Employees who become partially disabled sometimes ask for accommodations that may go beyond what they truly need or beyond what their employer believes the law requires.
Then, when the employer turns down the request, they sue, alleging failure to accommodate. They may argue that other disabled employees were treated more favorably.
To counter such claims, keep good records showing why you made each accommodation or—as in the following case—that the other employee didn’t need any accommodation.
Recent case: Robert Pardo worked as an immigration officer at a Department of Homeland Security detention facility and had frequent contact with prisoners. He injured his wrist in the line of duty and asked for light-duty work.
Eventually, he asked for his old job back—but with no detainee contact as a reasonable accommodation. The department rejected his request and Pardo sued.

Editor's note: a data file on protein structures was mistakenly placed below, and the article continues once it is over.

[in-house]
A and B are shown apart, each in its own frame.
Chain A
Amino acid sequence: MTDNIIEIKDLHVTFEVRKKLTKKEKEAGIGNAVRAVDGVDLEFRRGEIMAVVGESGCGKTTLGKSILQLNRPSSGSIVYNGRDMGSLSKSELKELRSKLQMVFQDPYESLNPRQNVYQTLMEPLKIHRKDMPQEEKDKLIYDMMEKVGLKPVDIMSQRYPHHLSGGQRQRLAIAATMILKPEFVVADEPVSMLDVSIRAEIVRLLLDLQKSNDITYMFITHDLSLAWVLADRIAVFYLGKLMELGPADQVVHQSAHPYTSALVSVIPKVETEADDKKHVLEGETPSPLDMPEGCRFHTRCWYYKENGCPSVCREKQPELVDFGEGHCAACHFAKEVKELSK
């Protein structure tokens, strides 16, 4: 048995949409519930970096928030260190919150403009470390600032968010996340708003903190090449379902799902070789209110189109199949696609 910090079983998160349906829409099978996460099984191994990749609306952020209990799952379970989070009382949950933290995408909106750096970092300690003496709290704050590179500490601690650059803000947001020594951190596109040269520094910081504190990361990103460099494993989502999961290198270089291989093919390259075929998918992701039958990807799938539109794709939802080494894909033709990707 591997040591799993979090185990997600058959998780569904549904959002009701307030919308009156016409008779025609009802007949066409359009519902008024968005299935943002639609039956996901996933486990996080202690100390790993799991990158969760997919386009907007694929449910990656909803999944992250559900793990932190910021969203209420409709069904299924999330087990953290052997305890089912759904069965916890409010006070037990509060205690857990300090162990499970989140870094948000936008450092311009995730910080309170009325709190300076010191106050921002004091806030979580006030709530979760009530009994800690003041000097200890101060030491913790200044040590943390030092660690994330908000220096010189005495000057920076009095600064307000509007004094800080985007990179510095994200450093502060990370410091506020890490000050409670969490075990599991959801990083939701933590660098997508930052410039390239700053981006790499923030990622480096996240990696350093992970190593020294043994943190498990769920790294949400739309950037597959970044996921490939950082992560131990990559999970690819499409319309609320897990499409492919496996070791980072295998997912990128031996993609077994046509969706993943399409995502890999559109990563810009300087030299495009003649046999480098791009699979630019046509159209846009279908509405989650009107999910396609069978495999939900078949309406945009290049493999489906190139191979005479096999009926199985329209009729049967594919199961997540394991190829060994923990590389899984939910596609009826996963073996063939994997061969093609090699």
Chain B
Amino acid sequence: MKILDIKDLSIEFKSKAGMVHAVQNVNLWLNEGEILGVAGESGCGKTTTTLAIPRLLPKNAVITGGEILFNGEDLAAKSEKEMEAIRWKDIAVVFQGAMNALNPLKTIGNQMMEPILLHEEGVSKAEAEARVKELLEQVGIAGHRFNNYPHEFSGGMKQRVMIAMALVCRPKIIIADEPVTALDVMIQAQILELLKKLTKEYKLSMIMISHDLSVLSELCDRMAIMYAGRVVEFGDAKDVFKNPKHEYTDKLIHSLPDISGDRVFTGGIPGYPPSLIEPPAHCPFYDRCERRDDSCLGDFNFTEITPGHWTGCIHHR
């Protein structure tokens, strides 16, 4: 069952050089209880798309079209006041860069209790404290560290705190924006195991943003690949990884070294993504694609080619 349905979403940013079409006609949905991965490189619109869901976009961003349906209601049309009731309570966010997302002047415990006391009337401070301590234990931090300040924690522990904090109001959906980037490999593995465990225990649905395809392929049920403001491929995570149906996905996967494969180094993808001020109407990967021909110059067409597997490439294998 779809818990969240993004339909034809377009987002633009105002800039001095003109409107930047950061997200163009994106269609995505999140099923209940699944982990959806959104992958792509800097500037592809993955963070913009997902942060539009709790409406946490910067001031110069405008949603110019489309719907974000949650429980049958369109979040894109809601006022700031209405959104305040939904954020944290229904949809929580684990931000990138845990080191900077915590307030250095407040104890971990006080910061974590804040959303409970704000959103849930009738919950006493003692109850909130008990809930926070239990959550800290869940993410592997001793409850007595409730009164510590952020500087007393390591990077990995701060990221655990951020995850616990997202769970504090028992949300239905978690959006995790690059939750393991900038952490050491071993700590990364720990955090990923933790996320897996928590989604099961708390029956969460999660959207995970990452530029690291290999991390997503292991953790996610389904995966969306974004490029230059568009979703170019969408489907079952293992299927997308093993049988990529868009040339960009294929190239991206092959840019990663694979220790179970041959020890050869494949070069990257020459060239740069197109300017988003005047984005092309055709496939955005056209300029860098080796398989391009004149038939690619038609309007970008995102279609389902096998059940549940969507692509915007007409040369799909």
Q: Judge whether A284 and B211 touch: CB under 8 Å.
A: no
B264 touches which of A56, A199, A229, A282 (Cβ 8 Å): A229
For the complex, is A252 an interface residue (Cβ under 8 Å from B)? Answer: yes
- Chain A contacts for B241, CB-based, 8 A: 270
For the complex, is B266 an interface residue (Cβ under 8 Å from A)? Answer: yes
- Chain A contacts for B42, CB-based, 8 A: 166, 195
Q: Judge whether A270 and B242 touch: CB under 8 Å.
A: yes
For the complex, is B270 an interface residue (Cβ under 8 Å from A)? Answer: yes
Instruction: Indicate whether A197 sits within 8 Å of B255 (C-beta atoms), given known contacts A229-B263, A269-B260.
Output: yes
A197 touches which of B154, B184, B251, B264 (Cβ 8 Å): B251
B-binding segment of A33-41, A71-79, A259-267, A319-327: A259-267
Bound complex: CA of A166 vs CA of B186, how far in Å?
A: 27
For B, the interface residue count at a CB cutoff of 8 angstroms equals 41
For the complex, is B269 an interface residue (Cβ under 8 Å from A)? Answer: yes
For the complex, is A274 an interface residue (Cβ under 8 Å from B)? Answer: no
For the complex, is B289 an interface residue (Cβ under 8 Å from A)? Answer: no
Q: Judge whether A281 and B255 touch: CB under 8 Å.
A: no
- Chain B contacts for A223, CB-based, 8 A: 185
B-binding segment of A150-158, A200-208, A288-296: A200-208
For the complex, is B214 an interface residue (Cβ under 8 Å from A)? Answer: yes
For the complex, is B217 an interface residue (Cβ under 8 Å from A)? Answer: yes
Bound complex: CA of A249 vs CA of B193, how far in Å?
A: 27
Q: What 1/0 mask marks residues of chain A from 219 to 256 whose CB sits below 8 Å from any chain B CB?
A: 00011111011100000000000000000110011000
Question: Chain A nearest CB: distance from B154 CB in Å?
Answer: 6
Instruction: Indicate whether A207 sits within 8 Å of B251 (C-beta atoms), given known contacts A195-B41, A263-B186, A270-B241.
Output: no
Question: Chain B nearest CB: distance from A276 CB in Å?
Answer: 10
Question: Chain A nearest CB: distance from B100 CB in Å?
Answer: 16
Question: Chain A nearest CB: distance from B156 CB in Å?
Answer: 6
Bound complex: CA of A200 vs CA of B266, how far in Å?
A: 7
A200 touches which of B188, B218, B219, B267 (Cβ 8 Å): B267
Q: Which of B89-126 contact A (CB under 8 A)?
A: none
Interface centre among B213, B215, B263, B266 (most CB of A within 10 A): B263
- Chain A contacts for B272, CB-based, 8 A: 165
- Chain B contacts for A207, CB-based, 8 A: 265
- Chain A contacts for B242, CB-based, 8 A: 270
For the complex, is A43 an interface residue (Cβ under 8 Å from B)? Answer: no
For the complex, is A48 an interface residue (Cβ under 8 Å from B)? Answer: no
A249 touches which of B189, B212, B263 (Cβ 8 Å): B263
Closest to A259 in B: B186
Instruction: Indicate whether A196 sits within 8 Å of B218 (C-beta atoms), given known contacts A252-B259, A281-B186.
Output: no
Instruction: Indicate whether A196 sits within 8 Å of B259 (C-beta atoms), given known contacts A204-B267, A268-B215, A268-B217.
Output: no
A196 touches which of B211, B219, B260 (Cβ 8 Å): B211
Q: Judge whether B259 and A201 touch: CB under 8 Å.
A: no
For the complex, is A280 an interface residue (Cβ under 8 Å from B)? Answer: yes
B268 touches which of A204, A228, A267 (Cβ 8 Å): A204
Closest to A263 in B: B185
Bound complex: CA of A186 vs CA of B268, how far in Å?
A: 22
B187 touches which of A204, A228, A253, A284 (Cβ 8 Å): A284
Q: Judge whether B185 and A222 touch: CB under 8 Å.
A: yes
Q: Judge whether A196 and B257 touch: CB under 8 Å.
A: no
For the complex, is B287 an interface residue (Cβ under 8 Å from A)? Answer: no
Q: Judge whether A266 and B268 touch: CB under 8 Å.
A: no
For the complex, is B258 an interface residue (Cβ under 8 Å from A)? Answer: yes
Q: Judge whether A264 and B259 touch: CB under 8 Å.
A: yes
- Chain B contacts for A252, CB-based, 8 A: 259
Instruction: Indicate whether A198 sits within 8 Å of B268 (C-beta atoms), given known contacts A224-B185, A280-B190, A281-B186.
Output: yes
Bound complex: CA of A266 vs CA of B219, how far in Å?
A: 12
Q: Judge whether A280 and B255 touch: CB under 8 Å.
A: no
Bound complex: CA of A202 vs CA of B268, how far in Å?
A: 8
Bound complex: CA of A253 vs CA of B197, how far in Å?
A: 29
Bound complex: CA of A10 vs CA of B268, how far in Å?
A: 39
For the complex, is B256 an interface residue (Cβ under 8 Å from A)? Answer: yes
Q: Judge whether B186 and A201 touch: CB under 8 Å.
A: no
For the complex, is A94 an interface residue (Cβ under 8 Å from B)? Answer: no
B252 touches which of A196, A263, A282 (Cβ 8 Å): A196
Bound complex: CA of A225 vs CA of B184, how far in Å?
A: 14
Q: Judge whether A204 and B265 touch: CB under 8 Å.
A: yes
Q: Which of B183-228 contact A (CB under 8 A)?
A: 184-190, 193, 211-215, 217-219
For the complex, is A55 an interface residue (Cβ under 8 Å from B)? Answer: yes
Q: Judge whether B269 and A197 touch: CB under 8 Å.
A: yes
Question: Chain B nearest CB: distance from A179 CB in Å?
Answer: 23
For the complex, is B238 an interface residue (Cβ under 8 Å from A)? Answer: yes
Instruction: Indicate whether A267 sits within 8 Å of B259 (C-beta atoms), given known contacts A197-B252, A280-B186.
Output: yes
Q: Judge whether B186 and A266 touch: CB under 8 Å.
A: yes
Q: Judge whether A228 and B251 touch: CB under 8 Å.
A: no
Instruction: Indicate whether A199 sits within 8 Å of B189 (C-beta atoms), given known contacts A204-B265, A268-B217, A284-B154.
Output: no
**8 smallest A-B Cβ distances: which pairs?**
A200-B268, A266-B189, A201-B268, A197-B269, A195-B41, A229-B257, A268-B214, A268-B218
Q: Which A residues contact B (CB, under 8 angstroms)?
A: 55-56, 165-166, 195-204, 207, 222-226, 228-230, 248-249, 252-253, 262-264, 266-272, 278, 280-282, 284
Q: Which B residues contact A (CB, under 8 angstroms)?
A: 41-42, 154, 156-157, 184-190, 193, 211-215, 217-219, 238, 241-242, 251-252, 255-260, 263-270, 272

Homeland Security argued it couldn’t accommodate his request because detainee contact was an essential part of the job—indeed, the very reason the job existed. But Pardo pointed to another officer who was allowed to keep working even though he had a prosthetic arm.
The court said there was no evidence the other employee asked for an accommodation or didn’t have detainee contact. In fact, that officer never asked for an accommodation and apparently used the prosthesis effectively. Therefore, concluded the court, Pardo couldn’t claim the other officer had been treated more favorably. (Pardo v. Napolitano, No. 07-20438, SD FL, 2009)
- Employee 'Family & friends' can now bring EEOC retaliation claims
- Review privacy and surveillance policies in light of new California Supreme Court ruling
- EEOC sues Safelite Glass for sexual harassment
- Completing the I-9: Top 10 do's and don'ts
- Professional Building Systems settles racial harassment case